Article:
On clinical examination, Elaine’s lying blood pressure is 145/ 80 mm Hg with a heart rate of 64. On standing for one minute, her blood pressure is 118/ 70 with a heart rate of 76. She is symptomatic with postural drop. The rest of her physical exam is unremarkable. Significant recent laboratory results show a hypokalemia of 3.0 and blood pressure taken by Home Care shows sitting systolic blood pressures that range from 120-130mm Hg.

You discuss your clinical findings with Elaine and recommend a reduction in Hydrochlorothiazide to 12.5mg, with a plan to deprescribe if her blood pressure remains less than 140 mm Hg, given falls risk, hypokalemia and symptomatic postural hypotension. You discuss the results of the study in layman’s terms and emphasize the exclusion criteria and adverse effects of intensive blood pressure control, some of which she is experiencing. With regards to dementia risk, you encourage ongoing physical activity and socialization to promote cognitive resilience.6

Bottom line

Blood pressure targets in the older adults should take into consideration frailty and chronic disease burden. The risk of adverse events is higher in frail older adults with multimorbidity, so blood pressure targets need to be modified to reduce this risk.7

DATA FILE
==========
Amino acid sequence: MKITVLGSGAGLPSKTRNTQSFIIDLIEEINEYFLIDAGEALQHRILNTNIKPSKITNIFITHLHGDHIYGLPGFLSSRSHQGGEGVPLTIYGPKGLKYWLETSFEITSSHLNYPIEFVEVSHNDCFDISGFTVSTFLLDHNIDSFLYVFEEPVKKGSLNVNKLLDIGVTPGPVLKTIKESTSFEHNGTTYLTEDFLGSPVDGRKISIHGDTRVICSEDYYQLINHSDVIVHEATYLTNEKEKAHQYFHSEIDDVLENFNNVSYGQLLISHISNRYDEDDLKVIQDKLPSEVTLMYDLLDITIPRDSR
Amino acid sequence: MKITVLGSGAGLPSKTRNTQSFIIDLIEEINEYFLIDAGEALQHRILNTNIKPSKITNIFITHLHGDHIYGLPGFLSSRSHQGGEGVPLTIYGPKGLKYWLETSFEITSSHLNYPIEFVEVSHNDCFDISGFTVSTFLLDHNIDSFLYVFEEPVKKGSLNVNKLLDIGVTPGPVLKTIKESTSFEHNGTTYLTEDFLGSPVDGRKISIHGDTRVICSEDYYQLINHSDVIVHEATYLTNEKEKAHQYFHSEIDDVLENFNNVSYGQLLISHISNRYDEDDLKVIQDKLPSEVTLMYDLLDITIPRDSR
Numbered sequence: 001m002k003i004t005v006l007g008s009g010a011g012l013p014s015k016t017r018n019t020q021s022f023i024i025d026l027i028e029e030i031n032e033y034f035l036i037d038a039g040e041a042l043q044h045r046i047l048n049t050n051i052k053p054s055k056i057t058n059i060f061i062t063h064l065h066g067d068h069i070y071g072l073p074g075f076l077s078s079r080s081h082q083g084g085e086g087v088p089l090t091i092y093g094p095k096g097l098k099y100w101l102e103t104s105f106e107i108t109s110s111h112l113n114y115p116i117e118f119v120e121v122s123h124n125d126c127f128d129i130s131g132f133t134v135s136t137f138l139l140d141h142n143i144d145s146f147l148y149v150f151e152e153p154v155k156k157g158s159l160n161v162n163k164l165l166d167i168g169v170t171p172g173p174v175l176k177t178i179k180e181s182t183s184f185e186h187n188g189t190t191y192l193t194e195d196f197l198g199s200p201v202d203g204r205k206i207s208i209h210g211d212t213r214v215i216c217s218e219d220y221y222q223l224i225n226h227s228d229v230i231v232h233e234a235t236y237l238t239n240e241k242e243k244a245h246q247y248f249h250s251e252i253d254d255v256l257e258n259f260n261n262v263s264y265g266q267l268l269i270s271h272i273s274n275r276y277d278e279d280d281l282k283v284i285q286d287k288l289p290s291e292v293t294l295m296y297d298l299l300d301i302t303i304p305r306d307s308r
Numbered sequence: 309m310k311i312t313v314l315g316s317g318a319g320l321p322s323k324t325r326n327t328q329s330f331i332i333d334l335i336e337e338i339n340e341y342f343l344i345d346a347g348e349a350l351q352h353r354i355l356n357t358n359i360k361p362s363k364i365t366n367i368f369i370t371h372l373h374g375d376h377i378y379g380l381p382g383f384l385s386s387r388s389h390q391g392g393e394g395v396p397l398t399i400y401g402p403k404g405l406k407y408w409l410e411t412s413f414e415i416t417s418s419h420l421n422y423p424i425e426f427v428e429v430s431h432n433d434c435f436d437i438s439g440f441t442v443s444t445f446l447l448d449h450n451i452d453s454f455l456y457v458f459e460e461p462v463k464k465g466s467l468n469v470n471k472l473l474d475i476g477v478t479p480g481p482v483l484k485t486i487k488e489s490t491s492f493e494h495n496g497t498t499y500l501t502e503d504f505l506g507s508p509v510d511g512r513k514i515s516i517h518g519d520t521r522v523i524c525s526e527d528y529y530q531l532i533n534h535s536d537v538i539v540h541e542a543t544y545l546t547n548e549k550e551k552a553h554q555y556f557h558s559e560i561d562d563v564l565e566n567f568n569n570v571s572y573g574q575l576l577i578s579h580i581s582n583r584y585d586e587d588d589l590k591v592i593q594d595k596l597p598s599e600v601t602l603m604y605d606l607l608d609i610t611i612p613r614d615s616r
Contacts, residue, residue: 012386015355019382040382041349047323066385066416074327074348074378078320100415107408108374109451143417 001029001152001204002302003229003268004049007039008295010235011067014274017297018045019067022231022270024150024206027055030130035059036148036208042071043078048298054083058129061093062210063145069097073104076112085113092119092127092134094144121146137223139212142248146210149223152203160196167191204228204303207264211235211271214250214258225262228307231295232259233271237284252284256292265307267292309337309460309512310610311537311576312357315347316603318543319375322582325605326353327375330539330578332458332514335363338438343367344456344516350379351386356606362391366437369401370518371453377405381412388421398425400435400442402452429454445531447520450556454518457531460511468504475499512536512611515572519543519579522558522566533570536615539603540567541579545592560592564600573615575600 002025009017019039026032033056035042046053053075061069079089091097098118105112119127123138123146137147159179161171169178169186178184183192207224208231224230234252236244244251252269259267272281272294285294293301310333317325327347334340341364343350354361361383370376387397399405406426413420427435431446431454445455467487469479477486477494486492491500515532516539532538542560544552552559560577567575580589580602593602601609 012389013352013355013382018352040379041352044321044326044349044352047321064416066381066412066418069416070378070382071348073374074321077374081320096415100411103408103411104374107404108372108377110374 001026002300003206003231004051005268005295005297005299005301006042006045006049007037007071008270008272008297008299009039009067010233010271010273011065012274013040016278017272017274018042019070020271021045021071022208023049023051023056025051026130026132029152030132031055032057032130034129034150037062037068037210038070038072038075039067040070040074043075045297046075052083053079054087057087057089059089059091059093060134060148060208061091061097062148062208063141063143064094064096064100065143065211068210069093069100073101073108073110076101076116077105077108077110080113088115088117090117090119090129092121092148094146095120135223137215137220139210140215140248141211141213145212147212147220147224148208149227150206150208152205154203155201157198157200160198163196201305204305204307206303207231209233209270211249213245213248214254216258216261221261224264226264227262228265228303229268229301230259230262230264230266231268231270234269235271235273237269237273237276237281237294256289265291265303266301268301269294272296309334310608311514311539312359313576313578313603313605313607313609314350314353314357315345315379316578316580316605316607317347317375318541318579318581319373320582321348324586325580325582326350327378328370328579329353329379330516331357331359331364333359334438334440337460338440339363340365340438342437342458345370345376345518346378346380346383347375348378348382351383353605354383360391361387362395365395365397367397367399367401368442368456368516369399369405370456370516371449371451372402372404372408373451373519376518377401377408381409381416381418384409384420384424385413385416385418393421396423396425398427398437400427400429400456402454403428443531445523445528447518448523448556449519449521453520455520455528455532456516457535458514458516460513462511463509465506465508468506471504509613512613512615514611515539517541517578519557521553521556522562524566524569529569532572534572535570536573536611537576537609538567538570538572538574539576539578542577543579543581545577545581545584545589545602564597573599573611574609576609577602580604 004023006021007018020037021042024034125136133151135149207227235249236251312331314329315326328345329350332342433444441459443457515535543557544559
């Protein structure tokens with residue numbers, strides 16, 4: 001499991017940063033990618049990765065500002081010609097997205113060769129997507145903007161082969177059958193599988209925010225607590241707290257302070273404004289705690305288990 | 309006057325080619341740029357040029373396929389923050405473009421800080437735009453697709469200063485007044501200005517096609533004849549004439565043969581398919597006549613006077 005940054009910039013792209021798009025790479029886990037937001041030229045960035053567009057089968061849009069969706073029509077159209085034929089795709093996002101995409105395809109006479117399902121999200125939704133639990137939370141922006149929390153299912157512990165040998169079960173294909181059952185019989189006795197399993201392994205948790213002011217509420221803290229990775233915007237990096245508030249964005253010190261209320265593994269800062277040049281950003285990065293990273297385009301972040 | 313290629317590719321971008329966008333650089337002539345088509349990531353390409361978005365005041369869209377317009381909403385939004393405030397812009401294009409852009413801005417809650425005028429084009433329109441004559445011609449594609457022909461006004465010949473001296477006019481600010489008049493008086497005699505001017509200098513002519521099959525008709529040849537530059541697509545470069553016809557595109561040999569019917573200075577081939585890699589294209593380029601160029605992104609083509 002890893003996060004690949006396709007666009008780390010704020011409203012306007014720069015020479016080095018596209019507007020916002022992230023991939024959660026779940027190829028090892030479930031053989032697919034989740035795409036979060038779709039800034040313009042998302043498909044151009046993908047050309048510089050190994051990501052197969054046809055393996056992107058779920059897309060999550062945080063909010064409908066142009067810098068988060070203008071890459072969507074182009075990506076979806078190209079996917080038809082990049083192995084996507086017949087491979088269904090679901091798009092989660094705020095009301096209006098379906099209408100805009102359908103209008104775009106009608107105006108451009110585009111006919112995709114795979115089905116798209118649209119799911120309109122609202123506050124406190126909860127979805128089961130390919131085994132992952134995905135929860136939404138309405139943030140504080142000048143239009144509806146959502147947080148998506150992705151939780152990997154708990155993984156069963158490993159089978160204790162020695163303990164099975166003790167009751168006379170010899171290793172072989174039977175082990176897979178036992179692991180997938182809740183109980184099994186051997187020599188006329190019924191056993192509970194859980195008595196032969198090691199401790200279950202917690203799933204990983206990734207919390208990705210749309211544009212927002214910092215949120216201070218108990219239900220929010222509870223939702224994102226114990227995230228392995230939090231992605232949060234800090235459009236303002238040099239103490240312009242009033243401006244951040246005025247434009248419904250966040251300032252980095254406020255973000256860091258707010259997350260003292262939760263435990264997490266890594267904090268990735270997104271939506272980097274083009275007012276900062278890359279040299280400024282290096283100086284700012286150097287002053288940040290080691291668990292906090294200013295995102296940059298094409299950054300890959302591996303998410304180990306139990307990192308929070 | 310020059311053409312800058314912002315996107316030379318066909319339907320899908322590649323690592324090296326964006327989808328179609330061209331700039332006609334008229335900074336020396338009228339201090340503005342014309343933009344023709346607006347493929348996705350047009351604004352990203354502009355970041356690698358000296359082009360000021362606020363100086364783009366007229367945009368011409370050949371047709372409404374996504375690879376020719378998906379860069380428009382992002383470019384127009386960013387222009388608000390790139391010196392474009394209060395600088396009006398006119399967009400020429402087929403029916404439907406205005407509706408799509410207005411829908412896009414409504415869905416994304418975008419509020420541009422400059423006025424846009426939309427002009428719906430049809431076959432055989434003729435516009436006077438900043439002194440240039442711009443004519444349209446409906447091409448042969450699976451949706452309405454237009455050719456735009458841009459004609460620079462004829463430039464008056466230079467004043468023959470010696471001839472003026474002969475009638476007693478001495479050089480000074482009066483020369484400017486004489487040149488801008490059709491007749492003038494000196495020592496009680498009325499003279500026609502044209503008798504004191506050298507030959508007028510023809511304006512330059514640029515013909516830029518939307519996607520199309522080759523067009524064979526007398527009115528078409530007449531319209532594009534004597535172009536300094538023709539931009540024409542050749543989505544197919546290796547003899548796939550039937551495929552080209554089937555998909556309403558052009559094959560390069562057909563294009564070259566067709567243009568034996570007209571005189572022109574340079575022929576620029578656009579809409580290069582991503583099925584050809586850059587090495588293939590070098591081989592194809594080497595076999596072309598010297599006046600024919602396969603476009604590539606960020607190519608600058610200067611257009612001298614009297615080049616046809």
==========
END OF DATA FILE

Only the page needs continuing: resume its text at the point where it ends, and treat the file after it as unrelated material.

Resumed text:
1. DeGuire J, Clarke J, Rouleau K, Roy J, Bushnik T. Blood pressure and hypertension. Health Rep. 2019;30(2):14-21.
    2. Whelton PK, Carey RM, Aronow WS, Casey DE, Jr., Collins KJ, Dennison Himmelfarb C, et al. 2017 ACC/AHA/AAPA/ABC/ACPM/AGS/APhA/ASH/ASPC/NMA/PCNA Guideline for the Prevention, Detection, Evaluation, and Management of High Blood Pressure in Adults: Executive Summary: A Report of the American College of Cardiology/American Heart Association Task Force on Clinical Practice Guidelines. Hypertension. 2018;71(6):1269-324.
    3. Prince M, Bryce R, Albanese E, Wimo A, Ribeiro W, Ferri CP. The global prevalence of dementia: a systematic review and metaanalysis. Alzheimers Dement. 2013;9(1):63-75.e2.
    4. Williamson JD, Pajewski NM, Auchus AP, Bryan RN, Chelune G, Cheung AK, et al. Effect of Intensive vs Standard Blood Pressure Control on Probable Dementia: A Randomized Clinical Trial. Jama. 2019;321(6):553-61.
    5. Wright JT, Jr., Williamson JD, Whelton PK, Snyder JK, Sink KM, Rocco MV, et al. A Randomized Trial of Intensive versus Standard Blood-Pressure Control. N Engl J Med. 2015;373(22):2103-16.
    6. Ngandu T, Lehtisalo J, Solomon A, Levalahti E, Ahtiluoto S, Antikainen R, et al. A 2 year multidomain intervention of diet, exercise, cognitive training, and vascular risk monitoring versus control to prevent cognitive decline in at-risk elderly people (FINGER): a randomised controlled trial. Lancet. 2015;385(9984):2255-63.
    7. Beckett NS, Peters R, Fletcher AE, Staessen JA, Liu L, Dumitrascu D, et al. Treatment of Hypertension in Patients 80 Years of Age or Older. New England Journal of Medicine. 2008;358(18):1887-98.

The AMA advances patient-centered, quality care by advocating for and supporting physician leadership and wellness.